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From Kenya to the world: Keeping the books going

Peter Ngila @peterngilanjeri 

Prof Ngugi wa Thiong’o writes primarily in Gikuyu, yet he is an award-winning, world renowned Kenyan writer and academician. It was defiance that pushed him to write in Gikuyu. This was after he was arrested for publishing the play Ngaahika Ndeenda (I Will Marry When I Want) that focused on inequalities and injustices in Kenyan society.

While in prison, Ngugi abandoned English as a literary language and committed himself to writing in Gikuyu. “I decided to write in the very language which was part of my incarceration. However, there was something else that happened when I was in prison: I started thinking more deeply…about how the colonists always impose their language on the colonies.

So I decided that, Western readers would know me only through translations,” he said in a past interview. His work include, Caitani Mutharabaini (Devil on the cross), Murogi wa Kagogo (Wizard of the Crow), Matigari ma Njirungi, and his recent novel Kenda Muiyuru, among others.

Another renowned author, Ken Walibora, writes in Kiswahili. His books Siku Njema and Kufa Kuzikana, are currently being translated into English, French and Arabic. Better job “Whenever my work is translated to a different language that I’m not conversant with I only hopes the translator does a good job. But I  usually don’t dictate the direction the translator would decide to take,” Walibora says.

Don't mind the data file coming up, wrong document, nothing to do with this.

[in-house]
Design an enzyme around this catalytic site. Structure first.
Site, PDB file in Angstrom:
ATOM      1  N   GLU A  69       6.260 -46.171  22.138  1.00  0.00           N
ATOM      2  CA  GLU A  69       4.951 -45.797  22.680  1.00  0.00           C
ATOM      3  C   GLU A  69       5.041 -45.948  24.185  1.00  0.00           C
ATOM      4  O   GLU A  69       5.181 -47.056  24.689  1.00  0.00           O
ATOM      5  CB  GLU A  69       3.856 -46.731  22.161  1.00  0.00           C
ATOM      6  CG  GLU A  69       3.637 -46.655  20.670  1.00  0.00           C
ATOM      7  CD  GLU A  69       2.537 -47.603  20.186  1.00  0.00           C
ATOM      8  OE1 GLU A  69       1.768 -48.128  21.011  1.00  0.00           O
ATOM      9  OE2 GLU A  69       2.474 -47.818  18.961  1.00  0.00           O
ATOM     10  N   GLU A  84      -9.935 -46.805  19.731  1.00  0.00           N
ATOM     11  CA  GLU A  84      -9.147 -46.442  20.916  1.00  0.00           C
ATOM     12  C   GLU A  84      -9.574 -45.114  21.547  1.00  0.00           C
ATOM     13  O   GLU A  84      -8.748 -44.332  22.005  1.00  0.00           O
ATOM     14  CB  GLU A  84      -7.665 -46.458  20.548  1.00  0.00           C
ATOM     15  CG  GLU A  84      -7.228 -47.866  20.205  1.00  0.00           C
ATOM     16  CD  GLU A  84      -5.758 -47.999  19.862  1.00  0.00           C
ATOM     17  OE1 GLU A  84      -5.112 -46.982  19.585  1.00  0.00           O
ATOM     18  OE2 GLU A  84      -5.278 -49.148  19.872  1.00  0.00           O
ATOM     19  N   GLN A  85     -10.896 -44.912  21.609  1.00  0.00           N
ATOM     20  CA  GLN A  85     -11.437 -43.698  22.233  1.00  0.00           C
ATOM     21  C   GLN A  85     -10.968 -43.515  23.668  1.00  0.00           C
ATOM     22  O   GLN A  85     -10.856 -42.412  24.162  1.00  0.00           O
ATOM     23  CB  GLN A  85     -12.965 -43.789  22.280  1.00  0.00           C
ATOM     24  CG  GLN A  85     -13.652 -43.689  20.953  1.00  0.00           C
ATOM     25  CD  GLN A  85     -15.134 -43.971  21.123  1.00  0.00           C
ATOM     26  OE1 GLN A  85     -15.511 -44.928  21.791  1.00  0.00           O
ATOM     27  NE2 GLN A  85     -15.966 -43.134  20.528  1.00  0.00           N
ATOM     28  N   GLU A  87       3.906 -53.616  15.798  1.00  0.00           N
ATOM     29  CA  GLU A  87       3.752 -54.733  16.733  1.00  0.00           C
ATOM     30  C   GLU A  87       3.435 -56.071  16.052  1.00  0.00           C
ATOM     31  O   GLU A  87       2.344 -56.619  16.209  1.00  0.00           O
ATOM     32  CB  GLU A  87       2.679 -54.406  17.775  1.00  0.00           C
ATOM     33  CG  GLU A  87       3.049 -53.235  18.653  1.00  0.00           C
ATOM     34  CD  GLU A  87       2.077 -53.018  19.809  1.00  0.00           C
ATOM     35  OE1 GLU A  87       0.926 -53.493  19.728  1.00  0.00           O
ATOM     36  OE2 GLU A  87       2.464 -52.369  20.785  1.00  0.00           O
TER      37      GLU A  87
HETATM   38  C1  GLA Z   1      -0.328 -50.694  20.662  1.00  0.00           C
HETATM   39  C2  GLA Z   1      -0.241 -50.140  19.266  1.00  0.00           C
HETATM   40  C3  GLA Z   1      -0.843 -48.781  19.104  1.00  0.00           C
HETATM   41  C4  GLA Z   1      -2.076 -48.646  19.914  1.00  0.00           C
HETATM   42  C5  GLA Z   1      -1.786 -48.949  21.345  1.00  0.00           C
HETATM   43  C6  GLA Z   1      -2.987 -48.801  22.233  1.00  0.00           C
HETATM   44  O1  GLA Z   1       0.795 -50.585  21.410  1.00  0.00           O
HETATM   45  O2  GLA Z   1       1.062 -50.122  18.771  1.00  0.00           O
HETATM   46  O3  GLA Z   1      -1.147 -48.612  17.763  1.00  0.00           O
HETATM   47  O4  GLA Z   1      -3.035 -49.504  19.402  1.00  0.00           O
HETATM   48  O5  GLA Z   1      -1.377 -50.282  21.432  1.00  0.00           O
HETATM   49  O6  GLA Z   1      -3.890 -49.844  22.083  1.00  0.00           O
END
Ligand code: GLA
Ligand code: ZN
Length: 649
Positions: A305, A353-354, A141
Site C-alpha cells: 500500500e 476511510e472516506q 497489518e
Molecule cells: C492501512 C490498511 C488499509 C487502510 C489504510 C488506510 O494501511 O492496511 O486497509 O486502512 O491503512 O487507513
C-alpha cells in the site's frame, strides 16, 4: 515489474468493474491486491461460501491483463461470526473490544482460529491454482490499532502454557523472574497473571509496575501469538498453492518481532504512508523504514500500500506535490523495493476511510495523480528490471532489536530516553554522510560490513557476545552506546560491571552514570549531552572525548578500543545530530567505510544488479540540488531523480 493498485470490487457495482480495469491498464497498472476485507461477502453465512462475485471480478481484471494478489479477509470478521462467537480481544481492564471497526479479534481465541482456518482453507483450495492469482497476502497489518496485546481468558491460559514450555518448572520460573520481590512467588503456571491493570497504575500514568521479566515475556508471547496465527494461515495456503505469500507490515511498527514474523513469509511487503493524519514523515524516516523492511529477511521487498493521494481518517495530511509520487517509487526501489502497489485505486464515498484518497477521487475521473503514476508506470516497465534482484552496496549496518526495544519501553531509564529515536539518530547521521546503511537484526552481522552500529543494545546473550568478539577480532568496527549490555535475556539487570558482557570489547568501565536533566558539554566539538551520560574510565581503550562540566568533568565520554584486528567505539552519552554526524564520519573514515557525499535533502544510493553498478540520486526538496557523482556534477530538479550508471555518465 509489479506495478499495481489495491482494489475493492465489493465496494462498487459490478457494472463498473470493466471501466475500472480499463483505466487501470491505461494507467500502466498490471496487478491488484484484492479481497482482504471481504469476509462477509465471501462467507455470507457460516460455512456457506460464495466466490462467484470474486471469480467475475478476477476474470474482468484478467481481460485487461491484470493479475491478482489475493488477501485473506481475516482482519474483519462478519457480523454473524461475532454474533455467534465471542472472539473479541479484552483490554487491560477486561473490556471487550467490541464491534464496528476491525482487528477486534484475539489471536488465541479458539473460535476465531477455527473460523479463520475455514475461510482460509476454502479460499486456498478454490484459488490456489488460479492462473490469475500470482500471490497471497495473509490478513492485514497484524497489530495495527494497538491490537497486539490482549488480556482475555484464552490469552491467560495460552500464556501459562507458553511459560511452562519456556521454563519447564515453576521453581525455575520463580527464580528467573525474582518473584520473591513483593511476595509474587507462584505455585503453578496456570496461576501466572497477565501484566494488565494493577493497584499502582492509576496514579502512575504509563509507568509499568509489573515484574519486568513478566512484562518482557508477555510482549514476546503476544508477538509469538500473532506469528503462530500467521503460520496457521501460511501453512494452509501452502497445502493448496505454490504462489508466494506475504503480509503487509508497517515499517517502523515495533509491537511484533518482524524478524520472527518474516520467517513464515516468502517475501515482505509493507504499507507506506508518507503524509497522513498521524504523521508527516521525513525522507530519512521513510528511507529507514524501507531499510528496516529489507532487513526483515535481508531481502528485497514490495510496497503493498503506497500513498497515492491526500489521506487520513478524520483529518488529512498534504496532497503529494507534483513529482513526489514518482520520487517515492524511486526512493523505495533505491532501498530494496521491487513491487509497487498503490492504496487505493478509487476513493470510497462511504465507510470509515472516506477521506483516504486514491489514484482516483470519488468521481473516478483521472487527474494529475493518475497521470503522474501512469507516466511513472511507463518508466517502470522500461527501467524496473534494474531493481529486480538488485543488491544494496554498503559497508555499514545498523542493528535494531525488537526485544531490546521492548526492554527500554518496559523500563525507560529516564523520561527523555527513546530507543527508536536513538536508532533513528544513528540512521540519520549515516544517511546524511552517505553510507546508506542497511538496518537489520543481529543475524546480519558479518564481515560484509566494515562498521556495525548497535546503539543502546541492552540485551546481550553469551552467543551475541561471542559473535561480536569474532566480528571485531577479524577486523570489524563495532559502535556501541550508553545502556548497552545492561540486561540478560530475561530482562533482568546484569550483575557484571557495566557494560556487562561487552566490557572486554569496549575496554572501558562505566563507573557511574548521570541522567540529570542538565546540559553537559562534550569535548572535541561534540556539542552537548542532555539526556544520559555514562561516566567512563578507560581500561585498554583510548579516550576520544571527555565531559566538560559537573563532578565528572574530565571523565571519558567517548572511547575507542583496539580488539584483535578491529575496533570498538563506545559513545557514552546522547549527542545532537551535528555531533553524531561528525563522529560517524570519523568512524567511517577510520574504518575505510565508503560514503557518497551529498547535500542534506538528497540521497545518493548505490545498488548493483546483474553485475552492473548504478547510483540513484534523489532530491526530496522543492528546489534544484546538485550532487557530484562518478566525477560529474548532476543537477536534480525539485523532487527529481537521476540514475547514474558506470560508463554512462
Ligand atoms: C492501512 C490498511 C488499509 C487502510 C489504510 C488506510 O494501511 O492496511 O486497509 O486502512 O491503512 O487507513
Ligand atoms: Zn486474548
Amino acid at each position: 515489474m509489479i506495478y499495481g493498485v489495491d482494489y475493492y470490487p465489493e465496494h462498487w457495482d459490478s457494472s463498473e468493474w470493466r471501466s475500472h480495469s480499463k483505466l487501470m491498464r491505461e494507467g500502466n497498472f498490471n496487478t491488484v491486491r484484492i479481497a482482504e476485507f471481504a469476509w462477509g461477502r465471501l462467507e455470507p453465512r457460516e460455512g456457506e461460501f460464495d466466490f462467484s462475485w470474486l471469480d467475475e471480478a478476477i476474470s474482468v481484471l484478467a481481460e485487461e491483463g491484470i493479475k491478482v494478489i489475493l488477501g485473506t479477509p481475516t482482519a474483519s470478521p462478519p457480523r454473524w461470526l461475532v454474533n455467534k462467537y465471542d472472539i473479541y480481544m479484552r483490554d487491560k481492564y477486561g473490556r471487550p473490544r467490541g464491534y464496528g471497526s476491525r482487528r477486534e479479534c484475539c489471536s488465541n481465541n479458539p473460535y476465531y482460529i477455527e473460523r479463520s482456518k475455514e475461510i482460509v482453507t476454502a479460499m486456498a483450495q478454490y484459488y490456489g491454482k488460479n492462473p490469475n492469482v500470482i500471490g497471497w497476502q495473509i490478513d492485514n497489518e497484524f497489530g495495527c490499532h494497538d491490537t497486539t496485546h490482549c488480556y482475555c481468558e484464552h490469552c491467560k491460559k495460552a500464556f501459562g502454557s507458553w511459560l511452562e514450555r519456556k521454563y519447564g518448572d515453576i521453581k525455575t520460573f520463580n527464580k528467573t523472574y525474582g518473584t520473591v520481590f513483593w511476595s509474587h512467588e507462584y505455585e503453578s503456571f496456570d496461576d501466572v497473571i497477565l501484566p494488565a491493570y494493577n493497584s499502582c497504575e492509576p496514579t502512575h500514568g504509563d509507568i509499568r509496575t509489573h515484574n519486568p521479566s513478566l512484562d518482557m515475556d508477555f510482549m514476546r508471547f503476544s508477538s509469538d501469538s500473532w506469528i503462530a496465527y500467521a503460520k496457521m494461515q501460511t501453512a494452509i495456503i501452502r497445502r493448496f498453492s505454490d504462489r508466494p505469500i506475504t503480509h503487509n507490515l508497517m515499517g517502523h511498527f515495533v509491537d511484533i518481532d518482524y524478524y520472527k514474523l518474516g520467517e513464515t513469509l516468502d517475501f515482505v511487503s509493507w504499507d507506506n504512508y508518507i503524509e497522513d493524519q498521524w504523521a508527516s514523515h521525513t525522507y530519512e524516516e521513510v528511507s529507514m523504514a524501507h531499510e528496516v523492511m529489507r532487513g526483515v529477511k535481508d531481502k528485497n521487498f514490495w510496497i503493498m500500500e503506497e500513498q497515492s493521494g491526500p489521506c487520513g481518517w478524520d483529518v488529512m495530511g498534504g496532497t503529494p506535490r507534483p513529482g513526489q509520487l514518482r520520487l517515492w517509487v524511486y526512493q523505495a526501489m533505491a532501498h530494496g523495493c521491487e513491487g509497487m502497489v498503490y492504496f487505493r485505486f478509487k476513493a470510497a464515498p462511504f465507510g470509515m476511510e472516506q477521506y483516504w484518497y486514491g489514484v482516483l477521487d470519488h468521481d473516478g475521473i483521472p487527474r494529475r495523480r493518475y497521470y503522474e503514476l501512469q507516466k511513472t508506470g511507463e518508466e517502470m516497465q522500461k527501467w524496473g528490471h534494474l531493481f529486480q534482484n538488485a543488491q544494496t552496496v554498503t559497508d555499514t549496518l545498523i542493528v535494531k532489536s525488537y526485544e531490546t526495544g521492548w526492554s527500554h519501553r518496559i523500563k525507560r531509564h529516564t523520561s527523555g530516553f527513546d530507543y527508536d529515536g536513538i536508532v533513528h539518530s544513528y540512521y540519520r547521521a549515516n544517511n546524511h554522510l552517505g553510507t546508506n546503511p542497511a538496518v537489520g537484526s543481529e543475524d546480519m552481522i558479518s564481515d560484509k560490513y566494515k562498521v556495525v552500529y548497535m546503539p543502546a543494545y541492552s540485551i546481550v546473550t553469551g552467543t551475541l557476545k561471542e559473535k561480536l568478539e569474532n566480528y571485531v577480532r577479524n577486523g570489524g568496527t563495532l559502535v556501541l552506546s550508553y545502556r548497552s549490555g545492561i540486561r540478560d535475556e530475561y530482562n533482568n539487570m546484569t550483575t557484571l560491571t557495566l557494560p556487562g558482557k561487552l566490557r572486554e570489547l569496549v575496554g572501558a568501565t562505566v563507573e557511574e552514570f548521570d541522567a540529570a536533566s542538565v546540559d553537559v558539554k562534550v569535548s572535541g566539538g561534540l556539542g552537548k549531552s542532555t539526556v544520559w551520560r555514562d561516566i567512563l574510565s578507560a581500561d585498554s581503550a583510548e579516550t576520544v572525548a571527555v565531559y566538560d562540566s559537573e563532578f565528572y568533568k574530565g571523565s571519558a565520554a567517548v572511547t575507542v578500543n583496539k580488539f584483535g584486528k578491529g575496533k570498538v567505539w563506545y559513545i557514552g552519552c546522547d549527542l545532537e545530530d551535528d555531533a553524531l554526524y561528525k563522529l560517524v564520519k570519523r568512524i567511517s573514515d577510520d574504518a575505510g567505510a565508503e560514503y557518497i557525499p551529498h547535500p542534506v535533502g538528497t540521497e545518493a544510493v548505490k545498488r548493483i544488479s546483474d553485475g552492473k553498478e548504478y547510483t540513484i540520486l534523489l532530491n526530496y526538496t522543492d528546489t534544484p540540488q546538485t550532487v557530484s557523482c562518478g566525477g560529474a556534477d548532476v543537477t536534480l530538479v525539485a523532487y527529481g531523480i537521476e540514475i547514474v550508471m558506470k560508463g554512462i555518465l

Lilliane Oloo, a member of the East African Interpreters and Translators Association, says there is a lot of awakening towards translation of literary works. “Translation is currently being used to restore the country’s culture and language in a civilised world,” she says.

Oloo, an English and Translation Studies lecturer at St Paul’s University says, it is easier to find books translated from an indigenous language to a Western language than the other way round. That means the big languages such as, English, gain from the cultures of the indigenous people.

It’s impossible to talk about translation in the country without involving Jalada Africa, a pan African writers’ caucus. They managed to have Prof Ngugi wa Thiong’o’s short story, The Upright Revolution: Or Why Humans Walk Upright (originally written in Kikuyu) translated into over 30 African languages. Jalada also published an anthology, titled

The Language Issue, which was translated into short stories and poems in different languages. While translating, Oloo says it depends on the techniques, the subject matter, the audience and the languages at play. “In Western languages such as French (which I’m fluent in), the adjective comes before the noun, while it’s the opposite with Kenyan languages such as Dholuo,” she says.

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